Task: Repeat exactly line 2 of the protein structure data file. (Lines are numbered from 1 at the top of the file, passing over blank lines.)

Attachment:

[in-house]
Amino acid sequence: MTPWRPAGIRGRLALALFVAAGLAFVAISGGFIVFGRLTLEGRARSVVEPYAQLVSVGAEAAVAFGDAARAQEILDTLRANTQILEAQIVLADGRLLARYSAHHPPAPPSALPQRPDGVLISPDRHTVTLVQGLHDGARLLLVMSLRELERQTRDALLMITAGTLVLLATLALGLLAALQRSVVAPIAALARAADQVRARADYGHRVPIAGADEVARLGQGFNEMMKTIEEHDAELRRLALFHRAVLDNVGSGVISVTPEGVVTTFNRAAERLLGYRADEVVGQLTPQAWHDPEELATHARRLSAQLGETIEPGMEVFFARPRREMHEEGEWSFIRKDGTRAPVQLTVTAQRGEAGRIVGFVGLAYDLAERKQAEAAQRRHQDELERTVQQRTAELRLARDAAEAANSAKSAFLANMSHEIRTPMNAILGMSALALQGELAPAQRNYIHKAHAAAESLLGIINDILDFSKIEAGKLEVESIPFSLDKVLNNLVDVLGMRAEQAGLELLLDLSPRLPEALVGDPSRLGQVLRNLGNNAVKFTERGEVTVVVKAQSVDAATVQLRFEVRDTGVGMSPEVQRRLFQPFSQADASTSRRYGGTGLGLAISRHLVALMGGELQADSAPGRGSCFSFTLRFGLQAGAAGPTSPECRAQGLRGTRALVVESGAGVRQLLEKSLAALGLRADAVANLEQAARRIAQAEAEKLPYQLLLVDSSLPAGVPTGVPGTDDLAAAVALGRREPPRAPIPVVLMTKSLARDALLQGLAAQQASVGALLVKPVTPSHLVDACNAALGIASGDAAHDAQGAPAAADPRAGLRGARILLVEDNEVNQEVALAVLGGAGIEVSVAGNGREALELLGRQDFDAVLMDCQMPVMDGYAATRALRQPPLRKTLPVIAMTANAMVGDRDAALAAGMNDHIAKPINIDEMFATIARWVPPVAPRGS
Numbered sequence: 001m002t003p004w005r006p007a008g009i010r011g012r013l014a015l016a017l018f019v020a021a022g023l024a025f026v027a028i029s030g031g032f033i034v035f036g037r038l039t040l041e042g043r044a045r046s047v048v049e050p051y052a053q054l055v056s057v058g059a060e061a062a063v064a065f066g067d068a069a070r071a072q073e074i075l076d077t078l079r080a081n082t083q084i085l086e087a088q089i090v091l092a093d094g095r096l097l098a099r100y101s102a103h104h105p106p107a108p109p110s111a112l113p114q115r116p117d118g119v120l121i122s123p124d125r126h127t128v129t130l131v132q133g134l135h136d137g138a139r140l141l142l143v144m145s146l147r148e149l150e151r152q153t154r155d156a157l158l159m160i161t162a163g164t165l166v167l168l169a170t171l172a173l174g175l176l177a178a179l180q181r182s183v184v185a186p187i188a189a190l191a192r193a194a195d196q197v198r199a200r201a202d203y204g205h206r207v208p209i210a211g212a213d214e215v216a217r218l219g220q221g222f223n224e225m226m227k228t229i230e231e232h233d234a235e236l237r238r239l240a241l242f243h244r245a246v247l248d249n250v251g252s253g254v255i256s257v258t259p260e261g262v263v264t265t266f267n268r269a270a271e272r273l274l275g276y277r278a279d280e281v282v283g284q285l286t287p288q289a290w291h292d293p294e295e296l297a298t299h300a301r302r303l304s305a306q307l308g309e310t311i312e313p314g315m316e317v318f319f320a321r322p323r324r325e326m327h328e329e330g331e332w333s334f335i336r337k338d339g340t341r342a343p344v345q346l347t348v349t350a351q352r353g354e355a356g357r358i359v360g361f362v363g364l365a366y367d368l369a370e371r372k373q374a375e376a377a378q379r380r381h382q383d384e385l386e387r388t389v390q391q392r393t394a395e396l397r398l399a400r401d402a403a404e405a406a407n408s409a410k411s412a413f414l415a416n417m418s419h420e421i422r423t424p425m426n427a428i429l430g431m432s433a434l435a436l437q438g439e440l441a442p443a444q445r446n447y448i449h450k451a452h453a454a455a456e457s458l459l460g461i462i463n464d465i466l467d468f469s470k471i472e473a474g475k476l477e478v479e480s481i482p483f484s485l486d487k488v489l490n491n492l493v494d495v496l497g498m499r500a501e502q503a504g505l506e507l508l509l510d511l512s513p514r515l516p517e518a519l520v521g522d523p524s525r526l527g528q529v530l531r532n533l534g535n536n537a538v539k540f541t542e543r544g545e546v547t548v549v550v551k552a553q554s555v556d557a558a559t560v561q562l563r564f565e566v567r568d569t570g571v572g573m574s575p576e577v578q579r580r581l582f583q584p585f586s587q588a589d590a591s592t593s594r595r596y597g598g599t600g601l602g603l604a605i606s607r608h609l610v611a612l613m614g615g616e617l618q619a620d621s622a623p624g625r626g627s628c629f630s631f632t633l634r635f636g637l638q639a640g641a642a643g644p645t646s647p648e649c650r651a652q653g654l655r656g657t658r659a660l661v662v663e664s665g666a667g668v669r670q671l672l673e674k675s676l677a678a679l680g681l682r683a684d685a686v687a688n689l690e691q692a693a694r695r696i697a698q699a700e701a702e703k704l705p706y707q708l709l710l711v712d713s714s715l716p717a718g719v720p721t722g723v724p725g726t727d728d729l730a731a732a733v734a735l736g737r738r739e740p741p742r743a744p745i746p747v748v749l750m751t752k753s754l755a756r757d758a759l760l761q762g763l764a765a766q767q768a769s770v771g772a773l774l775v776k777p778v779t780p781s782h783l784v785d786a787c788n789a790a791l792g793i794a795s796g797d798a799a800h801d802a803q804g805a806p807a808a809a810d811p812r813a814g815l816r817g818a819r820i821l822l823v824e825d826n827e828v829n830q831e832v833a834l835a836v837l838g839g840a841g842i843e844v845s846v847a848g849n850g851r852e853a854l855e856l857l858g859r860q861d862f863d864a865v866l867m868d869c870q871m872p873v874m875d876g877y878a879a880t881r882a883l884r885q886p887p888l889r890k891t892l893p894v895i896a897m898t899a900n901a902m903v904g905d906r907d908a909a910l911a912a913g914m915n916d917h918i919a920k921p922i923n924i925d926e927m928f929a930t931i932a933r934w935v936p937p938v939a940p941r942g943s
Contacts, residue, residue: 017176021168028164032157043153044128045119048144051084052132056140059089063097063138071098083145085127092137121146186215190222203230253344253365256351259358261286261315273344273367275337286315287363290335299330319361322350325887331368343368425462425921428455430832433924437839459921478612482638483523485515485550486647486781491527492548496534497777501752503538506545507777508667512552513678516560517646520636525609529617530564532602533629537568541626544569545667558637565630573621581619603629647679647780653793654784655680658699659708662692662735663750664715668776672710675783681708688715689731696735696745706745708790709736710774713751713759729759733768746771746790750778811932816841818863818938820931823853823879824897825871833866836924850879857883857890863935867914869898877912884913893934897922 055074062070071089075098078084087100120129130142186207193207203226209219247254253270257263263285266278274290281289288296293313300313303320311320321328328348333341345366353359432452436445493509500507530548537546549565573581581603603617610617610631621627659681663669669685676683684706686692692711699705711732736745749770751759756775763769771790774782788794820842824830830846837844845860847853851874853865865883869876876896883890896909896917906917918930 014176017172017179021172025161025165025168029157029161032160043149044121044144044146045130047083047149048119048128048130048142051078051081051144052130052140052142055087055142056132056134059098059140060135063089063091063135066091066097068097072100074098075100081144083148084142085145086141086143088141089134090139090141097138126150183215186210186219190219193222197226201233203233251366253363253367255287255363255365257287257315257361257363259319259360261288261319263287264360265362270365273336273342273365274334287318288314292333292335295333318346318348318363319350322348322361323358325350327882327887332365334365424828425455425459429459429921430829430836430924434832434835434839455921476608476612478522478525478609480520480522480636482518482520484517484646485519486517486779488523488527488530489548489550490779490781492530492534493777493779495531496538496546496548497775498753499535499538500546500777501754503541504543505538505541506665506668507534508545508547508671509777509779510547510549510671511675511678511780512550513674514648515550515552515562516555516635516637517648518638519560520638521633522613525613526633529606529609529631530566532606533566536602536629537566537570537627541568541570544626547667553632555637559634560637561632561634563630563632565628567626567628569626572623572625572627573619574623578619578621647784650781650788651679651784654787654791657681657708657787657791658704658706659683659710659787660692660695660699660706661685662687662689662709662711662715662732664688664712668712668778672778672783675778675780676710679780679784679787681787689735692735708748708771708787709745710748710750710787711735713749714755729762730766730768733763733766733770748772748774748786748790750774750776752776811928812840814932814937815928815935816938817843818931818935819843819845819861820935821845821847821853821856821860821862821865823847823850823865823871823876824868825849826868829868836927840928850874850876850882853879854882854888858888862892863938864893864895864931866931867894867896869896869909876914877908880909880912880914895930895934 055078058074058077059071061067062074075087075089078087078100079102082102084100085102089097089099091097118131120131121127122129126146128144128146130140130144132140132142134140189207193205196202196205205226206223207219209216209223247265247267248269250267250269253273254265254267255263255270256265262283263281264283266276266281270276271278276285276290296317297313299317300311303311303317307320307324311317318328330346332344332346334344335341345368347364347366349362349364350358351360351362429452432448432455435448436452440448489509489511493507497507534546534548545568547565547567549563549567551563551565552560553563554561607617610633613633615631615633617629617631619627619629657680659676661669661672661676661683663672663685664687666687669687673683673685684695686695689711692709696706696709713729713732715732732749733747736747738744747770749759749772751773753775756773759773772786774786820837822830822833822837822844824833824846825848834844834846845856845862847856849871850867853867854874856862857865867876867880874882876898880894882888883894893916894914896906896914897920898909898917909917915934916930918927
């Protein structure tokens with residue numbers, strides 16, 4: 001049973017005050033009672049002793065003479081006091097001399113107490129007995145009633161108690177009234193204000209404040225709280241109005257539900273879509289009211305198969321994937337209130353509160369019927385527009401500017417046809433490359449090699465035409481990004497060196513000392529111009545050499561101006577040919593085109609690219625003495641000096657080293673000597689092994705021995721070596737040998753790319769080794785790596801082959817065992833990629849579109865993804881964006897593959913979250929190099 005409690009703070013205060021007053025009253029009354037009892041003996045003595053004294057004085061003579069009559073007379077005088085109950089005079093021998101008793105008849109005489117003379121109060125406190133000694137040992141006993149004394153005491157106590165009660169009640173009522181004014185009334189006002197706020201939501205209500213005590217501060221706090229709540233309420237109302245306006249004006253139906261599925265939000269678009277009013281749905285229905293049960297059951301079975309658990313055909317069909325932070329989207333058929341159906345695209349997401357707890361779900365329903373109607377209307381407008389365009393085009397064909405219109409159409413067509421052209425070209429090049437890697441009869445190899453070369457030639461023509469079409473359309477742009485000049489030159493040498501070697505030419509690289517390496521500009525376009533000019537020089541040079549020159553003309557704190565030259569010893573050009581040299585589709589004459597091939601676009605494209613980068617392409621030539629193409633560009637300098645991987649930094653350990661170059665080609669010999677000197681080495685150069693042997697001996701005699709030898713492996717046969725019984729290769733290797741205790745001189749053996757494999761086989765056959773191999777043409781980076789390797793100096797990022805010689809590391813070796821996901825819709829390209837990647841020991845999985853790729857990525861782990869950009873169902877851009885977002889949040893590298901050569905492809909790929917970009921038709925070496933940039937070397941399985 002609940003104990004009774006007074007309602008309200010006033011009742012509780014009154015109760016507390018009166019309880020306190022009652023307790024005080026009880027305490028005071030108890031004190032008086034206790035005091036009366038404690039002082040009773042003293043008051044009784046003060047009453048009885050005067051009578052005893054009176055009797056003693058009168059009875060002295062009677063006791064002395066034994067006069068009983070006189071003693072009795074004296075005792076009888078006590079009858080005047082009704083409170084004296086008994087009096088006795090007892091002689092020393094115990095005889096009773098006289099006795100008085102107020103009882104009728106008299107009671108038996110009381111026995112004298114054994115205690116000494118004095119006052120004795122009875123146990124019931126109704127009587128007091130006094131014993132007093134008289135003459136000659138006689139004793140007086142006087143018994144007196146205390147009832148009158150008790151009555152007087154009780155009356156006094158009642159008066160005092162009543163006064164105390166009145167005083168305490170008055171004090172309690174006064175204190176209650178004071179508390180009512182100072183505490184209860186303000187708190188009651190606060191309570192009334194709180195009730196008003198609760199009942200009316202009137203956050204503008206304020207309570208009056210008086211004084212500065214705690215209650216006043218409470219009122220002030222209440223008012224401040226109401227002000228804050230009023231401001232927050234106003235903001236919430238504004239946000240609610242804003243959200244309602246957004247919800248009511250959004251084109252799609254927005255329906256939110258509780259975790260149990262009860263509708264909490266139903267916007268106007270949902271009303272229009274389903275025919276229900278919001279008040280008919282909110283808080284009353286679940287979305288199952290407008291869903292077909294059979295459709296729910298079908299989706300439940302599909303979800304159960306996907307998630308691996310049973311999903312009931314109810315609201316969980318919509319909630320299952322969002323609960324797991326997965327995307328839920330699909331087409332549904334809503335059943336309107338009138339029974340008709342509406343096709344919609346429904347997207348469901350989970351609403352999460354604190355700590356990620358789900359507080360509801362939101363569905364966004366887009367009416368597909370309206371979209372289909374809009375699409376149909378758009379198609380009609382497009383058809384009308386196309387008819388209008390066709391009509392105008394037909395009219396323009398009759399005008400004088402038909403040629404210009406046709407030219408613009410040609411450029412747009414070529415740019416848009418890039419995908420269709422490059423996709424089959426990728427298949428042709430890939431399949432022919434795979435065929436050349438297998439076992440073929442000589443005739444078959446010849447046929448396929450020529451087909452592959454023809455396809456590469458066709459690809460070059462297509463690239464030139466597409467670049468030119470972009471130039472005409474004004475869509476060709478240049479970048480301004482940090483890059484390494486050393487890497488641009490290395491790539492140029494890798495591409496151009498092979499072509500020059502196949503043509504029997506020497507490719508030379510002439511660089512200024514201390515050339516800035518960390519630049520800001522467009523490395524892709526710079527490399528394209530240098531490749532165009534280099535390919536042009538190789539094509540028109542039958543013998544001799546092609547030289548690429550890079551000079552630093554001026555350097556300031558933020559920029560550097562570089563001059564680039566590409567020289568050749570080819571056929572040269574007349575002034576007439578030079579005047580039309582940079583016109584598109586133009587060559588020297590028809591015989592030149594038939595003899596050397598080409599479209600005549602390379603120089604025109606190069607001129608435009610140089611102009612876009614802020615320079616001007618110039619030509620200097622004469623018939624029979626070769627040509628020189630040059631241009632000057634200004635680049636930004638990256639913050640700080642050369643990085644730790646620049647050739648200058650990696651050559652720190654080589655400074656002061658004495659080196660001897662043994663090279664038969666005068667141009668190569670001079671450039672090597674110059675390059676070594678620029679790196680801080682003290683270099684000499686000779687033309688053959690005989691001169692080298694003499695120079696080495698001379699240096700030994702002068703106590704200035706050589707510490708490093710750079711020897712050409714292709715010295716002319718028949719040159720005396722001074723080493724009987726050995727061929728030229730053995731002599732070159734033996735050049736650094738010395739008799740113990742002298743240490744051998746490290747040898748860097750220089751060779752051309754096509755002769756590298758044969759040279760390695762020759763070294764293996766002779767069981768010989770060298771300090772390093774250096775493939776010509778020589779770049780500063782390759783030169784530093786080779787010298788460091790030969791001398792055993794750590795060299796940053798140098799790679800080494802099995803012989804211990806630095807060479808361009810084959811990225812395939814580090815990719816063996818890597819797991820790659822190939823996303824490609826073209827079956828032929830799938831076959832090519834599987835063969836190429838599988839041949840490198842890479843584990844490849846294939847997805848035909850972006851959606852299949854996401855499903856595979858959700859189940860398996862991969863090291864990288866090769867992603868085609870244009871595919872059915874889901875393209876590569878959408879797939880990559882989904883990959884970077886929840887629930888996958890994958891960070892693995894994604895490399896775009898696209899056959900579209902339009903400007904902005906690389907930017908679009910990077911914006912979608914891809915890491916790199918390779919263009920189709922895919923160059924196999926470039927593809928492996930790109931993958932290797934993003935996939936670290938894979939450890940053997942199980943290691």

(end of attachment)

Amino acid sequence: MTPWRPAGIRGRLALALFVAAGLAFVAISGGFIVFGRLTLEGRARSVVEPYAQLVSVGAEAAVAFGDAARAQEILDTLRANTQILEAQIVLADGRLLARYSAHHPPAPPSALPQRPDGVLISPDRHTVTLVQGLHDGARLLLVMSLRELERQTRDALLMITAGTLVLLATLALGLLAALQRSVVAPIAALARAADQVRARADYGHRVPIAGADEVARLGQGFNEMMKTIEEHDAELRRLALFHRAVLDNVGSGVISVTPEGVVTTFNRAAERLLGYRADEVVGQLTPQAWHDPEELATHARRLSAQLGETIEPGMEVFFARPRREMHEEGEWSFIRKDGTRAPVQLTVTAQRGEAGRIVGFVGLAYDLAERKQAEAAQRRHQDELERTVQQRTAELRLARDAAEAANSAKSAFLANMSHEIRTPMNAILGMSALALQGELAPAQRNYIHKAHAAAESLLGIINDILDFSKIEAGKLEVESIPFSLDKVLNNLVDVLGMRAEQAGLELLLDLSPRLPEALVGDPSRLGQVLRNLGNNAVKFTERGEVTVVVKAQSVDAATVQLRFEVRDTGVGMSPEVQRRLFQPFSQADASTSRRYGGTGLGLAISRHLVALMGGELQADSAPGRGSCFSFTLRFGLQAGAAGPTSPECRAQGLRGTRALVVESGAGVRQLLEKSLAALGLRADAVANLEQAARRIAQAEAEKLPYQLLLVDSSLPAGVPTGVPGTDDLAAAVALGRREPPRAPIPVVLMTKSLARDALLQGLAAQQASVGALLVKPVTPSHLVDACNAALGIASGDAAHDAQGAPAAADPRAGLRGARILLVEDNEVNQEVALAVLGGAGIEVSVAGNGREALELLGRQDFDAVLMDCQMPVMDGYAATRALRQPPLRKTLPVIAMTANAMVGDRDAALAAGMNDHIAKPINIDEMFATIARWVPPVAPRGS